Latvia Joins Slow Food Cooks’ Alliance with Eight Chefs

At the Pārceltuve Festival, held on beginning of August in Līgatne, eight Latvian chefs joined the international Slow Food Cooks’ Alliance.

Since the opening of the Straupe Earth Market in 2016, Latvia’s local Slow Food network has been widening to engage not only producers, but also the chefs who use local and seasonal produce in their restaurants. Last year at Terra Madre Salone del Gusto, Ēriks Dreibants became the first Latvian chef to present a Taste Workshop focusing on a Latvian Ark of Taste product—Carnikava lamprey. Now this year’s Pārceltuve Festival, a celebration organized annually by Dreibants and chef Mārtiņš Sirmais in cooperation with the Līgatne Culture and Tourism Center, paid special attention to Slow Food and marked Latvia’s official entry into the Slow Food Cooks’ Alliance.

The festival was a hive of activity with chefs busily preparing a wide variety of dishes, drinks and treats. Cooks and guests joined together for the launch of the Alliance, where they were welcomed by renowned Latvian chef Mārtiņš Rītiņš, the Riga Convivium leader and one of the first people to bring the Slow Food movement to the country. They also heard from Dreibants, who said, “I am delighted that the Slow Food Cooks’ Alliance has brought together Latvian chefs with very different experiences and world views, all united by the idea of good food and the importance of highlighting Latvia’s unique flavors by working in close cooperation with Slow Food farmers.”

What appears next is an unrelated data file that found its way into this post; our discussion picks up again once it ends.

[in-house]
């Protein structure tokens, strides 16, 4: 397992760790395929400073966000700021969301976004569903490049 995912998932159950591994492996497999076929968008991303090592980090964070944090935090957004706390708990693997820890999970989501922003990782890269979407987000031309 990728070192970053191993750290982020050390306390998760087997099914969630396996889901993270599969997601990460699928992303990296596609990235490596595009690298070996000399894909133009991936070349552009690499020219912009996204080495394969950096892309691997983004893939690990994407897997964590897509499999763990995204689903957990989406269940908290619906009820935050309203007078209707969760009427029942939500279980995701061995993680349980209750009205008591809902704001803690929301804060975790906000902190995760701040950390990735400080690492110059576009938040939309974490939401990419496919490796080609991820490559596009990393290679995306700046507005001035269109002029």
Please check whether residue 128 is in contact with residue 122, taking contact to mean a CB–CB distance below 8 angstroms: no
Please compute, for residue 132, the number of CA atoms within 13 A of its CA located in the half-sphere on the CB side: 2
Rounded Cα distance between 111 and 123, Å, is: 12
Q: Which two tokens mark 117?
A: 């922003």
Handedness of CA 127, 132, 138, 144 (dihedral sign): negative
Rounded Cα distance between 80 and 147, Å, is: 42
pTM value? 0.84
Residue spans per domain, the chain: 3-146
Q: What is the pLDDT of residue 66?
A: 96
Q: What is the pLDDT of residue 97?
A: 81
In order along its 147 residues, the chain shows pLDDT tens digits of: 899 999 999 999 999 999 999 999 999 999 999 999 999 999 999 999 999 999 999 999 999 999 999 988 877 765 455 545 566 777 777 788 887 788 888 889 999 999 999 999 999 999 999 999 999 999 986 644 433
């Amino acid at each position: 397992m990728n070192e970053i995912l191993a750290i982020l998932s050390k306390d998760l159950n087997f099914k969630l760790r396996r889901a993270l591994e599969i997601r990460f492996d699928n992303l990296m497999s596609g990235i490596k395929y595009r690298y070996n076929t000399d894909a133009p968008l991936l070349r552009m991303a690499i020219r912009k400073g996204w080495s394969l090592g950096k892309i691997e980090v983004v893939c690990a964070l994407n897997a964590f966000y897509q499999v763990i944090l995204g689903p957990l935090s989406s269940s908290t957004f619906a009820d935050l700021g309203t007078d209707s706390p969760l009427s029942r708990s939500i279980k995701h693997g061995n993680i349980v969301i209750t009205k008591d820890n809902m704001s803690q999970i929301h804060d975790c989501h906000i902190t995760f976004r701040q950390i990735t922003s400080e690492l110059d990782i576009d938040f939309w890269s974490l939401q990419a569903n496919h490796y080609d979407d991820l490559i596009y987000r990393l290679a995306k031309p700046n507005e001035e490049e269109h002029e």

Producers and craftspeople from the Straupe Earth Market also participated in the festival, their stands well stocked with local foods and crafts. “We are very glad that our community’s work has paid off,” said Astride Rosite, one of the organizers of the Straupe Earth Market and the Straupe Convivium leader. “Slow Food has gained fame in Latvia and our Earth Market has gained fame well beyond Latvia’s borders. Today, the market welcomes guests from many countries of the world who are interested in our gastronomic and cultural heritage. And the launch of the Latvian Cooks’ Alliance is further proof of the fact that the market promotes social relationships and brings together farmers, producers and cooks. Farmers produce clean and fair products, and cooks have the power to enhance and enrich the flavor and fragrance of these products, creating new taste sensations.”

In the evening the celebration continued along a long table at the restaurant’s cultural center. Chefs Mārtiņš Sirmais, Ēriks Dreibants, Juris Dukaļskis and Artūrs Trinkuns and their team brought rounds of dishes to the table as Hardijs Vents, the head of the Pārgaujas district, welcomed the guests and organizers, stressing the importance of the festival, emphasizing the role of cooks and expressing hope for the further development of Slow Food in the region.

“It was a heartfelt joy to meet you all at the Pārceltuve Festival and the launch of the Slow Food Cooks’ Alliance. Thank you for taking the time and being here,” Dana Gritāne, coordinator of the Latvian Cooks’ Alliance told the chefs. “Let this be an opportunity for us to come together, to support our small-scale local producers and farmers, as we can do more together than alone.”

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